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Bali bombing: Time to forgive, but not forget

Publication Date : 12-10-2012


Today (Friday) marks the 10th anniversary of the terror attacks that rocked the resort island of Bali. The bombings on Oct. 12, 2002 at two nightclubs in the Kuta resort area killed 202 people, mostly foreigners. They were the first major terrorist attacks in the country since the 9/11 events in the United States.

Australian Prime Minister Julia Gillard, former prime minister John Howard and some 800 family members of the 88 Australian victims in the 2002 bombings are among the 4,000 people expected to attend the commemoration service today at Garuda Wisnu Kencana Cultural Park in Jimbaran.

While threats of terrorists attacks have been directed specifically at those foreign dignitaries, it is the responsibility of Indonesia, as the host, to ensure their safety and that the whole event goes ahead without incident.

Indonesia has taken serious measures to combat terrorism since the first Bali bombings. Those measures, including investigation and prosecution of suspects, reached the conclusion that Jamaah Islamiyah (JI), an al-Qaeda-linked regional terrorist network, was responsible for the attacks.

Three of the perpetrators of the 2002 bombings: Amrozi, Muklas and Imam Samudra, have been executed. A fourth man, Ali Imron, Amrozi’s brother, was sentenced to life imprisonment for his role. Subsequent counterterrorism operations at home have managed to arrest or kill some 770 JI members, including key leaders Hambali, Azahari bin Husin and Noordin M. Top.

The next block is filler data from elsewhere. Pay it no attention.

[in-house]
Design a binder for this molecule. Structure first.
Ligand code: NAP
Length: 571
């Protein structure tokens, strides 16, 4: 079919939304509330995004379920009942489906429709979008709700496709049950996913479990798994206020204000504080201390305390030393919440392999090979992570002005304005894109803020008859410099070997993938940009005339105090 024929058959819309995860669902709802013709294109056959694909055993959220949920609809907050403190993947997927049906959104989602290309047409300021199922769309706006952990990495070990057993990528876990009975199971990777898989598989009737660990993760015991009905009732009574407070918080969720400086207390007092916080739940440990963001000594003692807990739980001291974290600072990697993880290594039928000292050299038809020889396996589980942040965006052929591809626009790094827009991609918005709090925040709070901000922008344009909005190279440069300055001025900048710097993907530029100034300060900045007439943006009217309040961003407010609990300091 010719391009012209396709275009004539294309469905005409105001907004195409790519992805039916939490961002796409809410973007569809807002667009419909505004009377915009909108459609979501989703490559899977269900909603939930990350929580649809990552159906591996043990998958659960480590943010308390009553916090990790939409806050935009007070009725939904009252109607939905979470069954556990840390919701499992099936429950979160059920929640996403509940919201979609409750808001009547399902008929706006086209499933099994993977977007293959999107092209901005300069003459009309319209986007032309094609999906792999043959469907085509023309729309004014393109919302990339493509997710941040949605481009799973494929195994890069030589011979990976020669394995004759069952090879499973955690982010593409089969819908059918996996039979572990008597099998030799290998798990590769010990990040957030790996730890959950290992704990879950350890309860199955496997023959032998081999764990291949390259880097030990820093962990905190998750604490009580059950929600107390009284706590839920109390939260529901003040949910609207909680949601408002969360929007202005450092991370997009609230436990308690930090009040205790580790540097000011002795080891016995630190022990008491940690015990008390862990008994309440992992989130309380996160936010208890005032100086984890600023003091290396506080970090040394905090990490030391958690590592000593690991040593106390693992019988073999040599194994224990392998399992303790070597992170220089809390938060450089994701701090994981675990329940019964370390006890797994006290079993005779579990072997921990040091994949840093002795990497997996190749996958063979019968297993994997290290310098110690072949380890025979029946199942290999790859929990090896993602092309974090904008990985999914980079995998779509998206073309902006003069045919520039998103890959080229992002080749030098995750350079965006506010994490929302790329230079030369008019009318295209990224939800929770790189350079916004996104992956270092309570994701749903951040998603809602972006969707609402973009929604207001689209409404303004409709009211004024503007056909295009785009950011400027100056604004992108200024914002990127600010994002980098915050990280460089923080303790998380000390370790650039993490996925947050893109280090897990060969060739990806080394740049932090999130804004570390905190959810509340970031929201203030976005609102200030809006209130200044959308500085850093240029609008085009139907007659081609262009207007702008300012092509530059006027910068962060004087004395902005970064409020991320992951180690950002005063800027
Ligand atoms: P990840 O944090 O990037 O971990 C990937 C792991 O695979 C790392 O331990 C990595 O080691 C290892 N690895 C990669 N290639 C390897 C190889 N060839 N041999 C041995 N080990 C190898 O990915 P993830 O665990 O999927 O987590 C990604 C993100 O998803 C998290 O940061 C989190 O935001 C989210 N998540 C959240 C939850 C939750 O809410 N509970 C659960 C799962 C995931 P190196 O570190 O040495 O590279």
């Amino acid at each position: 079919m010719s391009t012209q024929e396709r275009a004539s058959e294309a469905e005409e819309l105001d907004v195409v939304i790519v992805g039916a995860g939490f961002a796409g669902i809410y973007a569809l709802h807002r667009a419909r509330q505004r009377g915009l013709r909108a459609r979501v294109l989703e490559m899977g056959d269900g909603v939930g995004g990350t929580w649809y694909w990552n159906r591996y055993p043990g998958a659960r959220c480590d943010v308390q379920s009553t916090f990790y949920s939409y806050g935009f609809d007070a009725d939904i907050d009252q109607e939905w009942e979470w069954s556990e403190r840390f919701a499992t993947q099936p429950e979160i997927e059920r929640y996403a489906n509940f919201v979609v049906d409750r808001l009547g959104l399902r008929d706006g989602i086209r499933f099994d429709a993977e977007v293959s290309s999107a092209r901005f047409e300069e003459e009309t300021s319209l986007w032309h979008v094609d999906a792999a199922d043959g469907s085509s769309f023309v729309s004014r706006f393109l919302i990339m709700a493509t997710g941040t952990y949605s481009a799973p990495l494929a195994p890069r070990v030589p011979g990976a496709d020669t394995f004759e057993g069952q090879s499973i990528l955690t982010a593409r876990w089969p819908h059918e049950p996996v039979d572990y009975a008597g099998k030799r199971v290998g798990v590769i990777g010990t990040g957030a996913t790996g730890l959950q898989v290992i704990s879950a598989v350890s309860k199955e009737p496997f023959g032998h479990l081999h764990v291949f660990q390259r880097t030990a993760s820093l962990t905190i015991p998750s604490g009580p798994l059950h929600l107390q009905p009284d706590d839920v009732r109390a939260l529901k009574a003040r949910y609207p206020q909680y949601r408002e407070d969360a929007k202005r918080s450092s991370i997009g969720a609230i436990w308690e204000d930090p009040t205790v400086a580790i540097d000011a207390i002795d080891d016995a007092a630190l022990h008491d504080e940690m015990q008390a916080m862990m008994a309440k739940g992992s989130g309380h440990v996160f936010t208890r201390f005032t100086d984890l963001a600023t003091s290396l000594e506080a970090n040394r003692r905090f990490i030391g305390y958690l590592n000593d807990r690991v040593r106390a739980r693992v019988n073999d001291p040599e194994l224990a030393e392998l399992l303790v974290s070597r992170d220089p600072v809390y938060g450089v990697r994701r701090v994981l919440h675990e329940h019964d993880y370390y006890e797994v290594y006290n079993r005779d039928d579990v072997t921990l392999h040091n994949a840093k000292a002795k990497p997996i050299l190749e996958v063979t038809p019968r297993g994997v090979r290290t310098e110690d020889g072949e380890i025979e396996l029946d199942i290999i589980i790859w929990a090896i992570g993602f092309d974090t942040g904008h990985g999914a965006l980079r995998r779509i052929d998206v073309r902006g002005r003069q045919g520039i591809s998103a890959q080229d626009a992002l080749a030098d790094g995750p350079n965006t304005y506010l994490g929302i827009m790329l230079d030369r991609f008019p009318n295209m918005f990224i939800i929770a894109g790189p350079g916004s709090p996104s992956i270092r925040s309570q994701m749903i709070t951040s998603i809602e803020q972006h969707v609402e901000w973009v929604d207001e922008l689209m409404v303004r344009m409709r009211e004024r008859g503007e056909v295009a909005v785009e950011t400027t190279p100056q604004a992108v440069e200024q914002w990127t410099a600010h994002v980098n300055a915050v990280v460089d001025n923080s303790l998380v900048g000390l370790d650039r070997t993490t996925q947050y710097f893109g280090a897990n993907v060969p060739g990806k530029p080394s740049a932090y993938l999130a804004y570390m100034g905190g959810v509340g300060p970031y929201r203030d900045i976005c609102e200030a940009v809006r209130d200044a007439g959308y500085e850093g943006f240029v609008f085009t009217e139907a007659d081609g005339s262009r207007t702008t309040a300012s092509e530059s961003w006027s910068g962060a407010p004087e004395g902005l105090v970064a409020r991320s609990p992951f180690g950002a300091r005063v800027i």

Simultaneous programmes to “de-radicalise” potential terrorists and tackle the root causes of terrorism are in place. Despite these successes, many others who threaten our country’s security and safety are still at large, and even more determined to groom new recruits to their networks of hatred and terror.

The killing of top al-Qaeda leader Osama bin Laden at Abottabad, Pakistan, in May of last year has resulted in a weakening al-Qaeda and its global network, including JI. However terrorist acts have never ceased.

Smaller cells of radical groups and new, younger faces of terror have emerged, continuing the mission, but with significantly different targets. Initially attacks in Indonesia were aimed at Westerners and American symbols. Now terrorists target Indonesian “infidels” such as police, anti-terrorism squads, lawmakers and others deemed as obstacles to transforming the country into an Islamic state governed by Sharia law.

This year’s commemoration — the largest in the past 10 years — should be a reminder that terrorism remains a real threat to our nation. This year will be the last officially organised occasion of its kind but that is not an excuse to forget the tragedy ever struck our country.

It is true that as a nation we have to move on and must not be trapped by the terrible acts of the past. American psychiatrist Thomas Stephen Szasz said, “The stupid neither forgive nor forget; the naive forgive and forget; the wise forgive but do not forget.”

We should thus not forget those past events, particularly terrible ones, as they remind us not to repeat the same mistakes in the future.

The fight against terror in Indonesia must not stop despite the termination of the bombings commemoration because terrorism will not stop, and may strike in any form and at any time.


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